Work Hard and Be Nice to People: Why Every Connection Matters

By | 2016-12-01T19:14:05+00:00 May 6th, 2014|Startup Culture|

At my first “real job” I was lucky enough to work directly for the VP who ran the entire firm. Along with the many things I learned from her was that you should treat everyone in business, equally. I started at the front desk and every time she was interviewing someone for a new position, she’d ask me what  I thought about them. Most importantly, she asked about how they treated me and if they were polite and friendly as well.

Why was this important to her? Let me explain…

This was a huge factor in whether or not she thought they were a great fit for the company because how you treat the receptionist (a person who “doesn’t matter”) shows who you are as a person and how you’ll behave at work. She would have the same process for our vendors, too.

Her wisdom about treating everyone equally:

1. Everyone really does matter

From the busboy at a restaurant to the CEO of a Fortune 500, she truly believed everyone was a good person and should be treated as such.  It wasn’t only with her working world, but her philosophy extended beyond it.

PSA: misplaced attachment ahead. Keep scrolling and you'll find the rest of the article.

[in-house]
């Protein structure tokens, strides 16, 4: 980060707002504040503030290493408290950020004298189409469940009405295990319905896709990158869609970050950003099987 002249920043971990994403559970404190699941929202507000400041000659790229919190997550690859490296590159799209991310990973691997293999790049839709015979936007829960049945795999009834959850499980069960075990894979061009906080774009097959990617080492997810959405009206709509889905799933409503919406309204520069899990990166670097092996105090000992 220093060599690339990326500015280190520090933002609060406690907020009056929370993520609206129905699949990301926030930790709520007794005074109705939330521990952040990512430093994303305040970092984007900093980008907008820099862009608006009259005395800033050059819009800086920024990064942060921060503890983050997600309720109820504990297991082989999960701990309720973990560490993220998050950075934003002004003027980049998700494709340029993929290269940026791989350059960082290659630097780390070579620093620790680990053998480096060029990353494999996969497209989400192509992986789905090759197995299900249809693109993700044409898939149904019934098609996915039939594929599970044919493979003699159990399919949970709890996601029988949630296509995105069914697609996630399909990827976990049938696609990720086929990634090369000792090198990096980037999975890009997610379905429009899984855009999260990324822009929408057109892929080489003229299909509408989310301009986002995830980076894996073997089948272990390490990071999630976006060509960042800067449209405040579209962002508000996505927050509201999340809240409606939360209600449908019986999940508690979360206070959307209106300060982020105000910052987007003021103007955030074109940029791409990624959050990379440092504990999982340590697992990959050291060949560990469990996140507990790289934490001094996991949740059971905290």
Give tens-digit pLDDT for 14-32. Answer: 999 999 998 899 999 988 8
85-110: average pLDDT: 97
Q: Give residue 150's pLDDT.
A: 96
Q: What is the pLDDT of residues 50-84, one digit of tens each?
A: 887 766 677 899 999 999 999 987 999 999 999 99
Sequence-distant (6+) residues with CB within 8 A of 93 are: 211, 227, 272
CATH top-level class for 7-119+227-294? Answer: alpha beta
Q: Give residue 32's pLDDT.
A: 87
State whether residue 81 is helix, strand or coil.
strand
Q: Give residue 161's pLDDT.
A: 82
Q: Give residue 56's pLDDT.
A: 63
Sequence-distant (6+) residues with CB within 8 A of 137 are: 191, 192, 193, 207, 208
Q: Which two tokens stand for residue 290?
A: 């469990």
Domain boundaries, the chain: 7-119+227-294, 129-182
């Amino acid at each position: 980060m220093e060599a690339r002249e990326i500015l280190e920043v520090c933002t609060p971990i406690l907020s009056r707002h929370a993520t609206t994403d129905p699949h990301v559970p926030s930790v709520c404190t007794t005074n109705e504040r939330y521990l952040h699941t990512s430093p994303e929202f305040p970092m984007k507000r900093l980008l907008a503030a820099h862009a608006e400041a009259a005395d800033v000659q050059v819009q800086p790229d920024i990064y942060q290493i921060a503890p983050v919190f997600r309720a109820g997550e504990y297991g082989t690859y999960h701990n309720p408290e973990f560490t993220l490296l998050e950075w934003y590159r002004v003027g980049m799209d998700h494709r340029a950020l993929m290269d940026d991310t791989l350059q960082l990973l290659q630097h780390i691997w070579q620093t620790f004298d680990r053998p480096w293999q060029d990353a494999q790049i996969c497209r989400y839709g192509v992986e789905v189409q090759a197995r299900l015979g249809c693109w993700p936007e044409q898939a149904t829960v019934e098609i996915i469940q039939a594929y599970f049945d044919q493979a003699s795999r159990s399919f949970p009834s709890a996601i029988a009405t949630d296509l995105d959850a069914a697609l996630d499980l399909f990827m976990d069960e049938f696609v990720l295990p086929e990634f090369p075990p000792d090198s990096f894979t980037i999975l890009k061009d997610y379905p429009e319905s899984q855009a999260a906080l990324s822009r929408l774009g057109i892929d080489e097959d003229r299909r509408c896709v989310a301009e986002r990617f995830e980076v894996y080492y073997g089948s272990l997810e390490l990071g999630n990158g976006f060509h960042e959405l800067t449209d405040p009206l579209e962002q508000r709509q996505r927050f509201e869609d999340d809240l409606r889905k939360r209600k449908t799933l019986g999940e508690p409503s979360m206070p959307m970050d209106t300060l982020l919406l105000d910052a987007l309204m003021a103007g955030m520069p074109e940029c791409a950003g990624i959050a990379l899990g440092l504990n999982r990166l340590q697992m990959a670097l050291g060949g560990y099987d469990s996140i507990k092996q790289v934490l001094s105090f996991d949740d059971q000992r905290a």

2. You never know who you’re talking to

Another important point is that you never know who you’re talking to. You may think the person answering the phone is an assistant, but that rude remark could actually have been made to their manager instead. Modern office designs have changed and CEO’s and management now sit in the same areas as other employees. The corner corporate office is mostly a thing of the past, so it’s hard to know who’s who. (HINT: be careful!)

3. You never know where someone will go

You might be talking to the assistant but you never know if there is a promotion in the works or in the near future. Bad behavior will always be remembered, no matter who you talk to. Or worse–you’re rude to the checkout lady who turns out the be your boss’s wife or a friend of a friend. It’s not worth it! Be nice and you’ll never have to wonder if your snarky remark costs you an important connection or business opportunity.